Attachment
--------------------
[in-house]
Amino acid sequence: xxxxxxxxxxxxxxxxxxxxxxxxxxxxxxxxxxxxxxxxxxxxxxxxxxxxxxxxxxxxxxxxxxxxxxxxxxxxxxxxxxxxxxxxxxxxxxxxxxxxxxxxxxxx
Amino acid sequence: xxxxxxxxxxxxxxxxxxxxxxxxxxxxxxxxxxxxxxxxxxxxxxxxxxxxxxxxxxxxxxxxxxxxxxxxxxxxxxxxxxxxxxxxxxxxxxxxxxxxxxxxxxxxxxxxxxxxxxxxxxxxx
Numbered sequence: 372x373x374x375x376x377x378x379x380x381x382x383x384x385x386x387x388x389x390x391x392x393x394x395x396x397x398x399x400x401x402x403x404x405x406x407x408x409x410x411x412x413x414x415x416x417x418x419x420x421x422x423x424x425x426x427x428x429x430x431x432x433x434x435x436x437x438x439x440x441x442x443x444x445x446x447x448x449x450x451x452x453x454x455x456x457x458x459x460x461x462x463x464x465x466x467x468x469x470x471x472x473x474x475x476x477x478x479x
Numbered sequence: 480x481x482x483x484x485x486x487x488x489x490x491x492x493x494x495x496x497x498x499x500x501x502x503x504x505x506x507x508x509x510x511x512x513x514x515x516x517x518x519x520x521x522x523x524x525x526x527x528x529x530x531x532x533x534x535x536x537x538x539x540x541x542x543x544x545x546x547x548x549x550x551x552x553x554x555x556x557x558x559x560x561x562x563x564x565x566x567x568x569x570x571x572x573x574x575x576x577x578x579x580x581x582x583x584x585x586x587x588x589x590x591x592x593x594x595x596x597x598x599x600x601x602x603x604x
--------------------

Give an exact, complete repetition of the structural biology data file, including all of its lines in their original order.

[in-house]
Amino acid sequence: xxxxxxxxxxxxxxxxxxxxxxxxxxxxxxxxxxxxxxxxxxxxxxxxxxxxxxxxxxxxxxxxxxxxxxxxxxxxxxxxxxxxxxxxxxxxxxxxxxxxxxxxxxxx
Amino acid sequence: xxxxxxxxxxxxxxxxxxxxxxxxxxxxxxxxxxxxxxxxxxxxxxxxxxxxxxxxxxxxxxxxxxxxxxxxxxxxxxxxxxxxxxxxxxxxxxxxxxxxxxxxxxxxxxxxxxxxxxxxxxxxx
Numbered sequence: 372x373x374x375x376x377x378x379x380x381x382x383x384x385x386x387x388x389x390x391x392x393x394x395x396x397x398x399x400x401x402x403x404x405x406x407x408x409x410x411x412x413x414x415x416x417x418x419x420x421x422x423x424x425x426x427x428x429x430x431x432x433x434x435x436x437x438x439x440x441x442x443x444x445x446x447x448x449x450x451x452x453x454x455x456x457x458x459x460x461x462x463x464x465x466x467x468x469x470x471x472x473x474x475x476x477x478x479x
Numbered sequence: 480x481x482x483x484x485x486x487x488x489x490x491x492x493x494x495x496x497x498x499x500x501x502x503x504x505x506x507x508x509x510x511x512x513x514x515x516x517x518x519x520x521x522x523x524x525x526x527x528x529x530x531x532x533x534x535x536x537x538x539x540x541x542x543x544x545x546x547x548x549x550x551x552x553x554x555x556x557x558x559x560x561x562x563x564x565x566x567x568x569x570x571x572x573x574x575x576x577x578x579x580x581x582x583x584x585x586x587x588x589x590x591x592x593x594x595x596x597x598x599x600x601x602x603x604x